Cases reported "Cataract"

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1/66. Stability of vision during space flight in an astronaut with bilateral intraocular lenses.

    PURPOSE: To report excellent and stable vision in an astronaut during space flight after bilateral cataract surgery with intraocular lenses. methods: A 60-year-old physician mission specialist astronaut developed cataracts and underwent phacoemulsification with insertion of one-piece polymethylmethacrylate intraocular lenses that had 6-mm optics bilaterally. Several months later, he flew on a space shuttle mission. Ocular examinations were performed before and after the mission, and the patient was questioned about visual changes during flight. RESULTS: Ocular examinations demonstrated stable bilateral posterior chamber intraocular lenses. Our subject reported excellent vision during liftoff, 18 days of microgravity, changes in cabin pressure, and reentry. CONCLUSION: Results suggest that intraocular lenses are safe, effective, and well tolerated during space flight.
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keywords = phacoemulsification
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2/66. Complete occlusion of the anterior capsular opening after intact capsulorhexis: clinicopathologic correlation.

    PURPOSE: To report histopathologic findings of capsule contraction syndrome with complete occlusion of the capsulorhexis opening. methods: Case report. In an 81-year-old woman, a complete occlusion of the anterior capsulorhexis opening developed 2 months after phacoemulsification and intraocular lens implantation. We surgically removed the contracted anterior capsule and analyzed the membrane by standard light microscopy and actin immunohistology. RESULTS: Light microscopic analysis of the membrane showed fibrous tissue subcapsularly with metaplastic lens epithelial cells. The contracted capsulorhexis opening was filled completely with proliferated actin-positive lens epithelial cells. CONCLUSIONS: Complete occlusion of the capsulorhexis opening can be attributed to excessive shrinkage of the capsule, probably caused by actin filaments found in the residual lens epithelial cells together with weak zonular support, and to the occlusion of the remaining central defect by massive proliferation of metaplastic lens epithelial cells.
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keywords = phacoemulsification
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3/66. Posterior capsule opacification and wrinkling in a case of capsular bag distension.

    We describe a complication following anterior neodymium: YAG laser capsulotomy in a case of capsular bag distension which was diagnosed 21 months after cataract extraction with phacoemulsification and in-the-bag lens implantation. An anterior neodymium: YAG capsulotomy was performed and immediately after this the posterior capsule collapsed and wrinkled, causing a marked decrease in visual acuity that necessitated posterior neodymium: YAG capsulotomy.
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keywords = phacoemulsification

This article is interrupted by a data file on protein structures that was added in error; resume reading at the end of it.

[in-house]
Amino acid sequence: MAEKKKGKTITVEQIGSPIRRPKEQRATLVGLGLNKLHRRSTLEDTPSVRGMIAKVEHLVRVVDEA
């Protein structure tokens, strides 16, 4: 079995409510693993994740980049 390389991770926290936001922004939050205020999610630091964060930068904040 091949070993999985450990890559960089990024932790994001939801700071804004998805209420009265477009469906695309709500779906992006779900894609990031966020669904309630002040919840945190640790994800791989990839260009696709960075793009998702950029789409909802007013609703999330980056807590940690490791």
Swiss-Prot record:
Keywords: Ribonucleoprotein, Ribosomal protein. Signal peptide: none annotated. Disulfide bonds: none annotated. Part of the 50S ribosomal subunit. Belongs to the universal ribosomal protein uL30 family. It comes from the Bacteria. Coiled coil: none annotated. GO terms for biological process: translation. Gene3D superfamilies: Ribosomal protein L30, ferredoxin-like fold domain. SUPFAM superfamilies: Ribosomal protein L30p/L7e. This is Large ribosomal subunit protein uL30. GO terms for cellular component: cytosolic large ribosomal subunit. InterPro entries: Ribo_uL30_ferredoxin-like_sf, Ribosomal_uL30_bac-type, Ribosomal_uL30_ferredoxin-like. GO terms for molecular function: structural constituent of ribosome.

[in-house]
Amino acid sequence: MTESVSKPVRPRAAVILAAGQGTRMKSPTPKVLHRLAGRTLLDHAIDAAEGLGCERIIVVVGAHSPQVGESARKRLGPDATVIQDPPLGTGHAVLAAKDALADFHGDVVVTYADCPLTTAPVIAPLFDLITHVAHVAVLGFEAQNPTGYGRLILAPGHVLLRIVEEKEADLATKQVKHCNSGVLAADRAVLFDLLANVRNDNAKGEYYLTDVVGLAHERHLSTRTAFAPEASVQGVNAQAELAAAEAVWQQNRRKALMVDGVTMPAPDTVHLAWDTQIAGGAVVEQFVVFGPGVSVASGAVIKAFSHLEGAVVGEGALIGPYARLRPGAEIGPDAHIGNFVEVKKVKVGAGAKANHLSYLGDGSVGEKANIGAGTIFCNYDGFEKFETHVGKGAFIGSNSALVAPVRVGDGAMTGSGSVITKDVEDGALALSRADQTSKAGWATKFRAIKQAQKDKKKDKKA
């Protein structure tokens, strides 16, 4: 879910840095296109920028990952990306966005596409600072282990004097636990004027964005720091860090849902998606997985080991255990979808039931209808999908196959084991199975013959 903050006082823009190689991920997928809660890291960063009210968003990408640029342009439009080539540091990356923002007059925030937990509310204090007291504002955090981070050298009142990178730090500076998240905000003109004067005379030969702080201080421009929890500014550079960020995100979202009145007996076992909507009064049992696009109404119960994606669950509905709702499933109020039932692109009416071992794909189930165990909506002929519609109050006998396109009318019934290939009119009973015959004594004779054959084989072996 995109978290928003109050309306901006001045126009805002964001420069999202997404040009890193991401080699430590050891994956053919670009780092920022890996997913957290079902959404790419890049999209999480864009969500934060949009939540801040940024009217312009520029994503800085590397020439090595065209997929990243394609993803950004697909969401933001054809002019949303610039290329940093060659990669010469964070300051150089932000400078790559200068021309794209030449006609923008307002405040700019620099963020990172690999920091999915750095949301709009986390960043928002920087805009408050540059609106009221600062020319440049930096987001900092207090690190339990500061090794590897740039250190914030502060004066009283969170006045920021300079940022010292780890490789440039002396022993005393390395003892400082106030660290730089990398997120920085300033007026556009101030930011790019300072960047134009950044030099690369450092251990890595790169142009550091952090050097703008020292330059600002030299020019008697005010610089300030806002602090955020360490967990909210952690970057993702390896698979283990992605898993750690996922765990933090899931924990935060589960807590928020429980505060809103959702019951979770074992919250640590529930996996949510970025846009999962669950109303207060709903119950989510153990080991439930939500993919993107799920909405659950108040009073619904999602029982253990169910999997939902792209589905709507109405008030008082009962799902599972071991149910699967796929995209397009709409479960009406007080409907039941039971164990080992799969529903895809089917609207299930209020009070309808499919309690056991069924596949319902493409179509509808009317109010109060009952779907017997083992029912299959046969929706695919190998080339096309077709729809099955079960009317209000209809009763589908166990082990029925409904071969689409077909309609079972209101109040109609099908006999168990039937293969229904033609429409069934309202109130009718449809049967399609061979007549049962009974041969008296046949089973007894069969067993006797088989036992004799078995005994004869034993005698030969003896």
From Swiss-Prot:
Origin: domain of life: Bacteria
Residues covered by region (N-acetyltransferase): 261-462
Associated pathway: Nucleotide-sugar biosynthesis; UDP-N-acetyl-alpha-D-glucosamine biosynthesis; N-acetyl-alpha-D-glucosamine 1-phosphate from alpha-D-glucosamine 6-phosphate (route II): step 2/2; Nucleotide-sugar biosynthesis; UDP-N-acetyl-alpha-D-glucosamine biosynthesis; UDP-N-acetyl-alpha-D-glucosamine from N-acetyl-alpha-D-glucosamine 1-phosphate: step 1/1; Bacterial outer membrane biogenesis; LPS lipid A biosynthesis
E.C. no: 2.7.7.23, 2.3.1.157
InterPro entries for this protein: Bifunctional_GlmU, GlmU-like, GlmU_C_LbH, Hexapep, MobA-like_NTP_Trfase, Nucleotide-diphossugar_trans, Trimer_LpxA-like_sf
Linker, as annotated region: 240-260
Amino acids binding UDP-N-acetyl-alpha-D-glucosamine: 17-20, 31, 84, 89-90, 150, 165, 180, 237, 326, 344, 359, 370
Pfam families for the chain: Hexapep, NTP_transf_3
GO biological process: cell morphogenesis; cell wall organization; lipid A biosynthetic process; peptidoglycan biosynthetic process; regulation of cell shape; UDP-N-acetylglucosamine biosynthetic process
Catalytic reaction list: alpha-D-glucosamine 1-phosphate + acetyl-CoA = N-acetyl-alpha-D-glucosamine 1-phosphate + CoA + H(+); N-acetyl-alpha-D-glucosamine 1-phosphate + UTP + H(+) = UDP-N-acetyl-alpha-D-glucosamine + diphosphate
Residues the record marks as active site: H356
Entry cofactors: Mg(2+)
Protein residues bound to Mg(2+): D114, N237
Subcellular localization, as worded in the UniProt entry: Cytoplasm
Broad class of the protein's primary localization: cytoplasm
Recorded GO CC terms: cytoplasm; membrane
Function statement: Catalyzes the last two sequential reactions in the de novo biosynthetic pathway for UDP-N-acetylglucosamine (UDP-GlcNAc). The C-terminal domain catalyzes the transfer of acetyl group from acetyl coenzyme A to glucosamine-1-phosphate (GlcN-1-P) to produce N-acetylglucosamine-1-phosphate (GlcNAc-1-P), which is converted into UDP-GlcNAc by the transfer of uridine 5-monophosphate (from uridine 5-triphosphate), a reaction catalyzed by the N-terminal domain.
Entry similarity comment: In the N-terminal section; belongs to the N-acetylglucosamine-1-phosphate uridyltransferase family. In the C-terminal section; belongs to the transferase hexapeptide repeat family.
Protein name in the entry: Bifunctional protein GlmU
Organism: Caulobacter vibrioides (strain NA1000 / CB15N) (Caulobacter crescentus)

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4/66. Complete capsulorhexis opening occlusion despite capsular tension ring implantation.

    An 89-year-old woman and an 86-year-old woman had continuous curvilinear capsulorhexis, phacoemulsification, and implantation of a silicone plate-haptic intraocular lens. Because of presumed weak zonules (high age, pseudoexfoliation), a poly(methyl methacrylate) capsular tension ring was also implanted. Despite this, both patients reported deterioration in visual acuity that was the result of complete occlusion of the anterior capsule opening by fibrotic tissue 4 and 3 months postoperatively, respectively.
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keywords = phacoemulsification
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5/66. Ocular injury caused by an air bag for a driver wearing eyeglasses.

    BACKGROUND: Although air bags have been shown to reduce the number of fatalities and serious injuries caused by motor vehicle accidents, there have been many reports of air bag-related ocular injuries. We recently treated air bag-related corneal laceration in a patient wearing eyeglasses at the time of a motor accident. CASE: A 38-year-old Japanese man was driving a car at approximately 40 km per hour when he struck a stopped 2-ton truck. He was wearing a three-point lap-shoulder seat belt. At impact, the driver's-side air bag deployed and struck the man on the left side of his face. He was wearing eyeglasses with glass lenses, and the air bag broke the left lens of his eyeglasses, and glass fragments lacerated his cornea. OBSERVATIONS: External examination showed multiple superficial abrasions of the skin and ecchymosis of the left side of his face. Slit-lamp examination of his left eye showed corneal laceration and hyphema. The lens had opacities and was covered with fibrin membrane. Repair of the corneal laceration and phacoemulsification of the lens were performed. Six months later, his best corrected visual acuity was 20/20 in the left eye. CONCLUSIONS: As cars are increasingly equipped with air bags, reports of air bag-related eye injuries have increased. To our knowledge, this is the first reported case of corneal laceration caused by a shattered lens in an air bag-related injury. Ophthalmologists should caution patients about the danger of eye injuries in air bag-equipped cars, and thought should be given to improving the materials for eyeglasses.